This dissertation stages an intervention in Reformed readings of the doctrine of providence, particularly around Barth's critical interpretation of the tradition stemming from Calvin and Schleiermacher, and provides a critical and constructive assessment of Barth's contribution. The author argues that while Barth advances the discussion in key ways, his reading of Calvin in particular is significantly hampered by his running challenge to Schleiermacher. Following an assessment of Barth's critique of the Reformed position, the author provides an extensive reading of Calvin's writings, demonstrating that Calvin is far more concerned with the Christological basis and Christian meaning of providence than Barth's theology recognizes; as well, Schleiermacher's theological construction problematizes aspects of Barth's reading. The upshot of this work is that each of these theologians provide critical safeguards and soundings that need to be heard in concert and mutual correction for a robust doctrine of divine providence.
Human disability raises the hardest questions of human existence and leads directly to the problem of causality – the underlying intuition that someone, divine or human, must have been at fault. Christian theology has responded with almost singular attention to Providence, the expression of divine will in the world as the cause of all things. This preoccupation holds captive the Christian imagination, leaving the Church ill-equipped to engage the human reality of disability. Theological reflection, argues Hans Reinders, can arise only as a second-order activity that follows after real attention to the experience of disability. This book offers a more excellent way to address this difficult subject. Reinders guides readers away from an identification of disability with tragedy – via lament – to the possibility of theological hope and its expression of God's presence. In particular, Reinders reconsiders two of the main traditional sources in Christian thought about Providence, the biblical text of Job and the theological work of John Calvin. Throughout the book, first-person accounts of disability open up biblical texts and Christian theology–rather than the other way around. In the end, a theology of Providence begins with the presence of the Spirit, not with the problem of causality.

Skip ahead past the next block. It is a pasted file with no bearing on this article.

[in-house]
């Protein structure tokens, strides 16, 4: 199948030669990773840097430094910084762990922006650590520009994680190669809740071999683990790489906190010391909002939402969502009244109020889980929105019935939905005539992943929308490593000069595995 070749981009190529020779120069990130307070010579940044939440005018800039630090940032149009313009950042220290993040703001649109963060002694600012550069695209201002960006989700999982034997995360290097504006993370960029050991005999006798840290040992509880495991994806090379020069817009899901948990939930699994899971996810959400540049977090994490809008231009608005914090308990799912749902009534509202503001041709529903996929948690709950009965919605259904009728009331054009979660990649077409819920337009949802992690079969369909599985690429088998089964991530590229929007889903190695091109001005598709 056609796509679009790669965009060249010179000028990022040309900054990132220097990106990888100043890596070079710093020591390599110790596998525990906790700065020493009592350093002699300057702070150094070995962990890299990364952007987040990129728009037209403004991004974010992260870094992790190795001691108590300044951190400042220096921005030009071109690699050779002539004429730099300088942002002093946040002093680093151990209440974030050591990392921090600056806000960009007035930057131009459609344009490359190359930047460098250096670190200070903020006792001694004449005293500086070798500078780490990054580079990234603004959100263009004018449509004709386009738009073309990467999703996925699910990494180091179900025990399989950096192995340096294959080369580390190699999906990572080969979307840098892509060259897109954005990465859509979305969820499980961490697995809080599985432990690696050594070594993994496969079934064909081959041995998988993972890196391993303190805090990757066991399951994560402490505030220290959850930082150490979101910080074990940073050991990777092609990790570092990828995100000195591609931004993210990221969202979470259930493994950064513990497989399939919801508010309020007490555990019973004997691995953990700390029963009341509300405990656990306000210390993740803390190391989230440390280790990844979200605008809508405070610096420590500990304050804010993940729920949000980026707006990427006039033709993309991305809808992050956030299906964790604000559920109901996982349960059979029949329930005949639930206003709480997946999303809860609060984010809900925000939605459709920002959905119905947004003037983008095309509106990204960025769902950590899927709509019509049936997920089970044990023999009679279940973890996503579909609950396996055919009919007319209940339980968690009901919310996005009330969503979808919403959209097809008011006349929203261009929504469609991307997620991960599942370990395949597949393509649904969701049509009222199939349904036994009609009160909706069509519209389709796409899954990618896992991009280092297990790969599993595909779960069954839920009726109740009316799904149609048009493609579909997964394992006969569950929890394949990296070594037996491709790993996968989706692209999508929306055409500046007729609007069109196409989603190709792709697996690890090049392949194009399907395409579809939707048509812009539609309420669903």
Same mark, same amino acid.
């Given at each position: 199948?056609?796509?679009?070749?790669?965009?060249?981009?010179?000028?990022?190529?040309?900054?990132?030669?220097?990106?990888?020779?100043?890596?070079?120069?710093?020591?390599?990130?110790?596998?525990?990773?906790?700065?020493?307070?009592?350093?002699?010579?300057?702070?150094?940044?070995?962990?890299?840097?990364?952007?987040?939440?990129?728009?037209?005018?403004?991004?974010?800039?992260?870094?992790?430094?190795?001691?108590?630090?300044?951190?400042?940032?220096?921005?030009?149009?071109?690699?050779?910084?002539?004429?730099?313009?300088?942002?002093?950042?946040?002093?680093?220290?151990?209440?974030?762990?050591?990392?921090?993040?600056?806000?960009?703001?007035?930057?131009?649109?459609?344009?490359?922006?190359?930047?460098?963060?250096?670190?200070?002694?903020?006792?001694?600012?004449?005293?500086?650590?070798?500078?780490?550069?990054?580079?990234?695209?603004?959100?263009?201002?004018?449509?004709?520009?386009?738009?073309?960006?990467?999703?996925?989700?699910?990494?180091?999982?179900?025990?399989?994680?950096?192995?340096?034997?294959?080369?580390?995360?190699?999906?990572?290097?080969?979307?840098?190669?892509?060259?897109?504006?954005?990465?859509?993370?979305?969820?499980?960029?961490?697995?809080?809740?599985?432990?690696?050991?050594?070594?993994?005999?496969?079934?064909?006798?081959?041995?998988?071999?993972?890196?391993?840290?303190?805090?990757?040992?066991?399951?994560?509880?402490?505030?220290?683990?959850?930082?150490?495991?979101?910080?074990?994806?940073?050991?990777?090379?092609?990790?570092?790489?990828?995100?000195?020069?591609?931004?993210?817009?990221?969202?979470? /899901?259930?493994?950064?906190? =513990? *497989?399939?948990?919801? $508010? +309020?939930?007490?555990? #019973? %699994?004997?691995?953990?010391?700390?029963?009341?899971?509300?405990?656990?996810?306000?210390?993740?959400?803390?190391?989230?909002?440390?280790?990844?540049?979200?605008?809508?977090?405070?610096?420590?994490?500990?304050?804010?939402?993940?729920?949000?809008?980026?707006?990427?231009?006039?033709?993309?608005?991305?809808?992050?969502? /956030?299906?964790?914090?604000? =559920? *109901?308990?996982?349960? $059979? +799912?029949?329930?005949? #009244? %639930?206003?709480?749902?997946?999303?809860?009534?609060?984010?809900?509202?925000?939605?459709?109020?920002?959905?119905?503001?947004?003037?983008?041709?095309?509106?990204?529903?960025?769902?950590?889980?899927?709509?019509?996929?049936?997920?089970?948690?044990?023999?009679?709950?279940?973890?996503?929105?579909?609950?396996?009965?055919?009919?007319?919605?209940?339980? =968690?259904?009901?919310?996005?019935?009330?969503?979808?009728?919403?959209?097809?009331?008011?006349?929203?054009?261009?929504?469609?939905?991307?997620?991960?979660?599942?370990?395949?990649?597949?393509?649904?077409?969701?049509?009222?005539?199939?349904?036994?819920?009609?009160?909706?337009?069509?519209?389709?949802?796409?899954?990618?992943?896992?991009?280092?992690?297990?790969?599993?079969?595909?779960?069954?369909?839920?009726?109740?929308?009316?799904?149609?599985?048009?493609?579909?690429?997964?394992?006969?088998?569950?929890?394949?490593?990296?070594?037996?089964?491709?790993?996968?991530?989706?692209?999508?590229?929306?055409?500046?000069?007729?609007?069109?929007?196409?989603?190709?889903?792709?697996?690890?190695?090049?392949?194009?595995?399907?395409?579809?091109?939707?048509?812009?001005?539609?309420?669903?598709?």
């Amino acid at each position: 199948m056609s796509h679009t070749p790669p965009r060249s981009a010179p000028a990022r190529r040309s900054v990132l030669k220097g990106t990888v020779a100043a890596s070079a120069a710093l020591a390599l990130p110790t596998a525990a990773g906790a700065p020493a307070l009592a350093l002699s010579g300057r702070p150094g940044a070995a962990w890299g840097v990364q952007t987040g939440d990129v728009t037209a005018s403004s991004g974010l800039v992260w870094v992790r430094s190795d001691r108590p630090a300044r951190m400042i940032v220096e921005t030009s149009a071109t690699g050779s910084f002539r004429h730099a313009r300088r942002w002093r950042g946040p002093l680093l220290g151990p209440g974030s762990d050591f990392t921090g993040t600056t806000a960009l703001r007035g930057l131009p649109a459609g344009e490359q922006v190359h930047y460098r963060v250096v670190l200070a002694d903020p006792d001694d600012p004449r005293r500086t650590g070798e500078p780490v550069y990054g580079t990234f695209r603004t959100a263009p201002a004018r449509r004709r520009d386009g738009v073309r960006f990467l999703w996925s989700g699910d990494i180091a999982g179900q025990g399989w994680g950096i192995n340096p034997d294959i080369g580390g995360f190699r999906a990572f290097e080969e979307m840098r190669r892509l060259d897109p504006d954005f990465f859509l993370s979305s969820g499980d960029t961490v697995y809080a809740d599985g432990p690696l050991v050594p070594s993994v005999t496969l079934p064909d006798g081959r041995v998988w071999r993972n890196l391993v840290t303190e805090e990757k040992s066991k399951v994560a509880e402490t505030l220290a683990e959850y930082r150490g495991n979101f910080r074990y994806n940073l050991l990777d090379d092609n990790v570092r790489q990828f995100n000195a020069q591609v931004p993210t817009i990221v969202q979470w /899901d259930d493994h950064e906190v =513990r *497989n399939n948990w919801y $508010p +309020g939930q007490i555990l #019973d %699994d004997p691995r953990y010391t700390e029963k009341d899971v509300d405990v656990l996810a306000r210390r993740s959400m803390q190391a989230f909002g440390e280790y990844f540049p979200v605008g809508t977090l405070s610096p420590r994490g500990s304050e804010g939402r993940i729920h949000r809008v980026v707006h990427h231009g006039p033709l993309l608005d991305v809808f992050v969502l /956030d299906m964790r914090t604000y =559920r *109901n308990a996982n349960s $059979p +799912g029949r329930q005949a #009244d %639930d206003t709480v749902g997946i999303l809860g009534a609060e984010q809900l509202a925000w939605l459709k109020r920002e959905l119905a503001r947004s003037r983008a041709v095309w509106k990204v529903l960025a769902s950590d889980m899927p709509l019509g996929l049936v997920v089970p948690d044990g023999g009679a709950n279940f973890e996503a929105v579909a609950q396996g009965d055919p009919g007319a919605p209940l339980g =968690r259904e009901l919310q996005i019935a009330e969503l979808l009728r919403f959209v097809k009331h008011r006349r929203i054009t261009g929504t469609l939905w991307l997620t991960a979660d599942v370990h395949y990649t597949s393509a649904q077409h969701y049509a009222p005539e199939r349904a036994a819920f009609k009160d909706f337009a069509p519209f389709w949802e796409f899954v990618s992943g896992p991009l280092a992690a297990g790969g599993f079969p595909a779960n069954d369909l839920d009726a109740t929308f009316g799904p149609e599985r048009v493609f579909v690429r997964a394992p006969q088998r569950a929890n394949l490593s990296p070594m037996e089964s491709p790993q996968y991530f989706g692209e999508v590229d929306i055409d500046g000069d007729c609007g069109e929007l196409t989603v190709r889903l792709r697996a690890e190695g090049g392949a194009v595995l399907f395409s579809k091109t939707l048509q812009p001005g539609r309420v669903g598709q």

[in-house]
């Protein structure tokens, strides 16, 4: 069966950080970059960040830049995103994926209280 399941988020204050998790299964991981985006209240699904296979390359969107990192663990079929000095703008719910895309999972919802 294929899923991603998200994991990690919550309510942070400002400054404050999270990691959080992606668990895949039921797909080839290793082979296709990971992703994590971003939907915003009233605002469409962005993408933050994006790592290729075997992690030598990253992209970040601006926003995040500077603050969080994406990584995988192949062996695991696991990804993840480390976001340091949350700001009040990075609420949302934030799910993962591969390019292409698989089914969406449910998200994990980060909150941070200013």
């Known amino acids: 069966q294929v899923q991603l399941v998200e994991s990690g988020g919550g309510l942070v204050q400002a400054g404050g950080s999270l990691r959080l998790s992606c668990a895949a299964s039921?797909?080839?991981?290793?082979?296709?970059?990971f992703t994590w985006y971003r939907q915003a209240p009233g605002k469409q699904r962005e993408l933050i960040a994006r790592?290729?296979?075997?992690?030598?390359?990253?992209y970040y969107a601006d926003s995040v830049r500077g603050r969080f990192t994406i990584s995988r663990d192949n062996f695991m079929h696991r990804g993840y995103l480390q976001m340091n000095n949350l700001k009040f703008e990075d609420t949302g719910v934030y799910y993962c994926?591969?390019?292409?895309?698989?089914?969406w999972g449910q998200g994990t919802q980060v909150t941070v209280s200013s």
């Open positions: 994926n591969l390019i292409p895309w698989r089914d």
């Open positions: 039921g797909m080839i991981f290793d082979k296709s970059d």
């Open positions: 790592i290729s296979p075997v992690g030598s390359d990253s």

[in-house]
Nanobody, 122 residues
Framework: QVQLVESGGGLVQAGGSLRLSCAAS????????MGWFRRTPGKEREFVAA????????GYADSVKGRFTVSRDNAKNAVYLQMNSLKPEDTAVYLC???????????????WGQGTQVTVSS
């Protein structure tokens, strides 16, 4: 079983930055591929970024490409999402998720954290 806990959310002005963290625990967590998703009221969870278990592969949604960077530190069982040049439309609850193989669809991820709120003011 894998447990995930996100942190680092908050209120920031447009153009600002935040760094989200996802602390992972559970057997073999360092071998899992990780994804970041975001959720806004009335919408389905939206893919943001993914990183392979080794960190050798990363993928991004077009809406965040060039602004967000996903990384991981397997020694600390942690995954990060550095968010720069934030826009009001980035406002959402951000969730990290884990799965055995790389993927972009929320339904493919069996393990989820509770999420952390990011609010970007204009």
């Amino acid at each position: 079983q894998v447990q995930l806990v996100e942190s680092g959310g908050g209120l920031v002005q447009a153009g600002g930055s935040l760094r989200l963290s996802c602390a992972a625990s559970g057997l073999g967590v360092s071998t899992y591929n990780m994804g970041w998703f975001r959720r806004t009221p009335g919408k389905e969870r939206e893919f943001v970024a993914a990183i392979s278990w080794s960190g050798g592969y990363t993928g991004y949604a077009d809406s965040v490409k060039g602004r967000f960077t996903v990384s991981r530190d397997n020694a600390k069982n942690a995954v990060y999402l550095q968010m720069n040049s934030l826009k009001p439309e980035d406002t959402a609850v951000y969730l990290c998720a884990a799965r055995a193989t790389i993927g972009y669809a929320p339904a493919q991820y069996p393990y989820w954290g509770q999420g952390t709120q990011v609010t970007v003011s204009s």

Reinders’s volume immediately catches my eye, though I’ll be interested to see what Kim has to say about Calvin. Sigh. . . I wish the providence of God would so arrange for me to have both of these books. And the time to read them.